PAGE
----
By Safya Khan-Ruf
- Public Health can be defined as “the science and art of preventing disease, prolonging life and promoting health through organised efforts of society.” Disease does not obey border lines and the melting plot of cultures and languages necessitate effective communication in promoting global awareness. A clinician can make a difference in one person's life while public health can save hundreds, thousands or even millions of lives with the implementation of a public health procedure or policy. The small pox eradication programme is a global example of one of the most effective public health initiatives in history that potentially saved billions of lives.
The Centre for Disease Control has published a list of the greatest achievements of the first decade of the 21st century in public health:
• Vaccine-Preventable Diseases reduced
• Prevention and Control of Infectious Diseases.
• Tobacco Control
• Maternal and Infant Health
• Motor Vehicle Safety
• Cardiovascular Disease Prevention
• Occupational Safety
• Cancer Prevention
• Childhood Lead Poisoning Prevention
• Public Health Preparedness and Response
All of these measures have saved countless lives in varying fields. The only common denominator to these issues were that they impacted health negatively on a local or even global level and that public health specialists were responsible for putting safety precautions and safeguards in action.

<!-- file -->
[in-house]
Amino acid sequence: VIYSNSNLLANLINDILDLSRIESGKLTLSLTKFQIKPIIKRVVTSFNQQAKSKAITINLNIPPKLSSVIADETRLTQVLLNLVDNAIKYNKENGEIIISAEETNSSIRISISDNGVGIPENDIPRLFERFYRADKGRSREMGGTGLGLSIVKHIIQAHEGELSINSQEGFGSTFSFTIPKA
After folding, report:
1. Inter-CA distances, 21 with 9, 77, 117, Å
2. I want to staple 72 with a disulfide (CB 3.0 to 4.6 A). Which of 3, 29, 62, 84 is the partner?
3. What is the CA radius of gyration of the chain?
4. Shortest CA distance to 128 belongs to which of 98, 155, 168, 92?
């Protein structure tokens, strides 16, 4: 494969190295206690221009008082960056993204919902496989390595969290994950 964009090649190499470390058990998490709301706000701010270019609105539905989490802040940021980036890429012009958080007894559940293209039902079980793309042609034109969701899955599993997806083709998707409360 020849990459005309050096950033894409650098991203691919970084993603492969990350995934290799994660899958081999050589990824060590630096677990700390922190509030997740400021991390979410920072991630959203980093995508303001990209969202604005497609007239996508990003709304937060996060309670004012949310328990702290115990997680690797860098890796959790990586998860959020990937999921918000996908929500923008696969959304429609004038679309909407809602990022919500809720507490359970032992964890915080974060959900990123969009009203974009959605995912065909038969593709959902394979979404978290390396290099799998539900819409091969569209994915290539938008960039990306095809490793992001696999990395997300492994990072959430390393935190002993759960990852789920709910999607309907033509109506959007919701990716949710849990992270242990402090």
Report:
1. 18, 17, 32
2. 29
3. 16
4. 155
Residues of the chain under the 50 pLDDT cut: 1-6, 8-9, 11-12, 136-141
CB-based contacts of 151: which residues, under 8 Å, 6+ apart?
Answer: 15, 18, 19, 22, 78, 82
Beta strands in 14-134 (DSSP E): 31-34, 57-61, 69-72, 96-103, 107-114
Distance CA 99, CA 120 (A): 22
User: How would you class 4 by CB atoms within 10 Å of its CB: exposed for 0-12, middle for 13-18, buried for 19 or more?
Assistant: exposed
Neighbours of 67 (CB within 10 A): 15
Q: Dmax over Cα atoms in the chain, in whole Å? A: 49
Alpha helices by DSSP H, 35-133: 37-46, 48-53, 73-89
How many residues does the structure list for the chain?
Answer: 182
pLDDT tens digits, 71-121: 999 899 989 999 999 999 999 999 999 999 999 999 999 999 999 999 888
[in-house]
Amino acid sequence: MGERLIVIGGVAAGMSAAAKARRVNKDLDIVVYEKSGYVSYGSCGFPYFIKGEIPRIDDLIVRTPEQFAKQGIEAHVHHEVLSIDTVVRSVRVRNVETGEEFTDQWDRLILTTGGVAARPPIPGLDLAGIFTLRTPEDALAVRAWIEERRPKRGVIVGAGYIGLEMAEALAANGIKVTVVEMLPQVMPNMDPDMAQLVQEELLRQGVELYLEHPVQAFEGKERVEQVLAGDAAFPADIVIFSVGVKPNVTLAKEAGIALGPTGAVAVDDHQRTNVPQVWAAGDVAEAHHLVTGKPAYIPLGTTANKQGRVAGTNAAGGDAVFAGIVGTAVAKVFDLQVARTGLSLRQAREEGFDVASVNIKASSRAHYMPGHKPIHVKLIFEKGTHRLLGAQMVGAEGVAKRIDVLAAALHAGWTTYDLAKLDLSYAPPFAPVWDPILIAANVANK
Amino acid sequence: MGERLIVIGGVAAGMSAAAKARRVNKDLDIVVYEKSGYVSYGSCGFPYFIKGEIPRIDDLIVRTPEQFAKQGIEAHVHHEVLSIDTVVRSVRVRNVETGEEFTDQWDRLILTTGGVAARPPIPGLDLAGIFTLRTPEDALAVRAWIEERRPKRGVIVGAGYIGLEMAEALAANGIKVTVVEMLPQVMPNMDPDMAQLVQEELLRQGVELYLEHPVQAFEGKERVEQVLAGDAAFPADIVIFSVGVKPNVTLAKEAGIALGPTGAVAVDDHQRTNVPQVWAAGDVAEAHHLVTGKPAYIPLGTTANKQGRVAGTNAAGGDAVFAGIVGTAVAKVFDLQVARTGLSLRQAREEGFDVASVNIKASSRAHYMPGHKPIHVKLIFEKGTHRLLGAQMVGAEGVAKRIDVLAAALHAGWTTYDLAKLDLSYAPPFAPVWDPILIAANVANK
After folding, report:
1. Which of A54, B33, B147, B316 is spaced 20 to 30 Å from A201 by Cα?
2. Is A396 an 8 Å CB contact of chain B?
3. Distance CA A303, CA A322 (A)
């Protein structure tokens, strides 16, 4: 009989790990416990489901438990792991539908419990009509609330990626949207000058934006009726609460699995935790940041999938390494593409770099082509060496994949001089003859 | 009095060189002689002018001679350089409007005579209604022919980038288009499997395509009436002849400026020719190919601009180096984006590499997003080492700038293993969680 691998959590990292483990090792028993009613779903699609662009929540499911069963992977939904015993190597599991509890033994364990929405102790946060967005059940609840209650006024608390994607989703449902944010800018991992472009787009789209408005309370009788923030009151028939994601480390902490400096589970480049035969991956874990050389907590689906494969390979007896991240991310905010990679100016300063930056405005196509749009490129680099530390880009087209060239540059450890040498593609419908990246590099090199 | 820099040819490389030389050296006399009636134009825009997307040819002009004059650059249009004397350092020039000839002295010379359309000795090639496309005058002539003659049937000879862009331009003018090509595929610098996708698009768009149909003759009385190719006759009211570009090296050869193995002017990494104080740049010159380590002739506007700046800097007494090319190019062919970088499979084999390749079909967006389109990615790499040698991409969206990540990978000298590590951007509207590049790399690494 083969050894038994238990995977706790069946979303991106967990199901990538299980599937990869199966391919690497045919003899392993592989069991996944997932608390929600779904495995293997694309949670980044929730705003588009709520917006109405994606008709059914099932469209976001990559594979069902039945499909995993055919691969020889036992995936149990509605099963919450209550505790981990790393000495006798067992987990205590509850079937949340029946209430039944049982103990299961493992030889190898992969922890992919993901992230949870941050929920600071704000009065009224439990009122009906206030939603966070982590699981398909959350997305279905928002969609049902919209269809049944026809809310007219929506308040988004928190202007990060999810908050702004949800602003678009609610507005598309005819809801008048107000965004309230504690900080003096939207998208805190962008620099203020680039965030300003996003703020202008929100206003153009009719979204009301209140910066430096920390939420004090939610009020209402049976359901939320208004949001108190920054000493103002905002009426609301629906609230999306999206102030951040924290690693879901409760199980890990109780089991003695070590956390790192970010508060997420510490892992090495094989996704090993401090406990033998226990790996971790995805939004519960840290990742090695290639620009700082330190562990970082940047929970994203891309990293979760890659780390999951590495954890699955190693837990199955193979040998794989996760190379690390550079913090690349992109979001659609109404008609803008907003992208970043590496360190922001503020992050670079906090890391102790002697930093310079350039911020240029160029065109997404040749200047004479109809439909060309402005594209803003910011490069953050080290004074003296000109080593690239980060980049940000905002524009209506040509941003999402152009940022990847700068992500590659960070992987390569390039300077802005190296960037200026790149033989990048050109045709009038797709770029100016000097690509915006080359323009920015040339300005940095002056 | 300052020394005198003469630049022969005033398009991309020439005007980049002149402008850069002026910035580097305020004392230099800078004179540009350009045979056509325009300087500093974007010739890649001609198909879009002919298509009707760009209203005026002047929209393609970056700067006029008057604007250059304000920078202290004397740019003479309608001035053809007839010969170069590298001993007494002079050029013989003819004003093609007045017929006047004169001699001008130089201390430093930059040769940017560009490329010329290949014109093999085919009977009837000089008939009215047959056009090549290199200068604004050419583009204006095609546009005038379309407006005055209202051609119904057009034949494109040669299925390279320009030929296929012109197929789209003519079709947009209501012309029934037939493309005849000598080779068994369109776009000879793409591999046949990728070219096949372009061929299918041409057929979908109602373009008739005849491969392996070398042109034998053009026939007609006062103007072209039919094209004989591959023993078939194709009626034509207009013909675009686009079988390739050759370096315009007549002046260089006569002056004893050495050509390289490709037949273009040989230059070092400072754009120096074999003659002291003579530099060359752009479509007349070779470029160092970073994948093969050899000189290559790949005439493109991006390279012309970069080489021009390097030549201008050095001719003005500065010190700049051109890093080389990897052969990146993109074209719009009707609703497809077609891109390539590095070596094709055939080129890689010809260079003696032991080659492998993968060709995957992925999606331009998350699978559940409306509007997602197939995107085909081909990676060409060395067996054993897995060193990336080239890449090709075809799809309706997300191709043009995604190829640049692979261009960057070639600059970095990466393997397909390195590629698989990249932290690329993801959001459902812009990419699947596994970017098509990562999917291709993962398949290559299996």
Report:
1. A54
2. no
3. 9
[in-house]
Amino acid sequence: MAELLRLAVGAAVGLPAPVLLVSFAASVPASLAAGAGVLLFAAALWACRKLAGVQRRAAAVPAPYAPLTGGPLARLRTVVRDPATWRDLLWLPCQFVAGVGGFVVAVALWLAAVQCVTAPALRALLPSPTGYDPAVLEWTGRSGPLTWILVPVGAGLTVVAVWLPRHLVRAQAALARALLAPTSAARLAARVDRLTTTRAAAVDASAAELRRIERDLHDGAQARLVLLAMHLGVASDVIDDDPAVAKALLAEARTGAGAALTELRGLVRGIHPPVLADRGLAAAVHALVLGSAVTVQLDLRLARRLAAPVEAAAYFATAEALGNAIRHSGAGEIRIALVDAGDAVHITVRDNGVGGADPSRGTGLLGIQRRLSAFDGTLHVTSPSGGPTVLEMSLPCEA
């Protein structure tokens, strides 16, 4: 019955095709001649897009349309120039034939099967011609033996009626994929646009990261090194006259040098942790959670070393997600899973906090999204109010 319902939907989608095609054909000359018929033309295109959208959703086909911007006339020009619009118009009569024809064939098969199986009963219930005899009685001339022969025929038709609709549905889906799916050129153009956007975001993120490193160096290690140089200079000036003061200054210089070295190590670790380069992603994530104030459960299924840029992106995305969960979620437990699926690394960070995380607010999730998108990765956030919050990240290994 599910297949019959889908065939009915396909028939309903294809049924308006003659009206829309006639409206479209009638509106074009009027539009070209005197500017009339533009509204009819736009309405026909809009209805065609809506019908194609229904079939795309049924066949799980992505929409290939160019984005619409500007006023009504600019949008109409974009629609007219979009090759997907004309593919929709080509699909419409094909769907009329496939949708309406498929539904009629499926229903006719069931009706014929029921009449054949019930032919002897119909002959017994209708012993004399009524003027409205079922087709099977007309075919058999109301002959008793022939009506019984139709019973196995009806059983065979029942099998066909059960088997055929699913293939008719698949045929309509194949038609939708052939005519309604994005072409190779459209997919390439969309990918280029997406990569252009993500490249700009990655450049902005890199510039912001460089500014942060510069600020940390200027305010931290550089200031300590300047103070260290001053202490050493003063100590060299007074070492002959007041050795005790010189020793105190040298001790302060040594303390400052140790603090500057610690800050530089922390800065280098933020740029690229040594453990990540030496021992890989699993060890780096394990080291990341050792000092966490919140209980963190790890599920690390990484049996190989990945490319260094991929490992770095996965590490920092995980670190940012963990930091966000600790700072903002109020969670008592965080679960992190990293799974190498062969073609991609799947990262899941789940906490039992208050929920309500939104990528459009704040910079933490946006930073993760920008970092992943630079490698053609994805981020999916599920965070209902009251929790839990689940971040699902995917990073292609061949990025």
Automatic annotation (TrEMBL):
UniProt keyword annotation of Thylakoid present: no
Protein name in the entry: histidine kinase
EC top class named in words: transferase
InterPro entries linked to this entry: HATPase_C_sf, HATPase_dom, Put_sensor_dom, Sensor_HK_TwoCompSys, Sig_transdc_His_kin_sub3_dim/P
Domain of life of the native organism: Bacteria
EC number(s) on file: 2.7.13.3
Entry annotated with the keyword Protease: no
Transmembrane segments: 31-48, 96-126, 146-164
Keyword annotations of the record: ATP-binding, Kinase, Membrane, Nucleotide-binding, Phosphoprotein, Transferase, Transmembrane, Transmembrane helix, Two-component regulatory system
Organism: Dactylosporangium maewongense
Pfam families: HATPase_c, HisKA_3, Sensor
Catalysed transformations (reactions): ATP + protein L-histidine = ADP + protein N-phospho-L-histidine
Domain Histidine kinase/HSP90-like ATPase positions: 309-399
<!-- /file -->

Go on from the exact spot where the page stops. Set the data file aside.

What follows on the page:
The public health sector has attracted more attention from governments thanks to an increase in public awareness: in the field of environmental protection for instance, the danger of toxic waste is now well known and the demand for experts in environmental health and industrial hygiene is growing. Greater importance is placed on health promotion and disease prevention as an economical means to safeguarding large populations. Incidents such the H1N1 virus outbreak or the anthrax bioterrorism emphasise the need to strengthen public health infrastructure to be ready for future threats.
So whether you want to vaccinate children in Kenya, promote breastfeeding in Pakistan or organise new health legalisations in the UK, the public health sector is for you.
What to do now?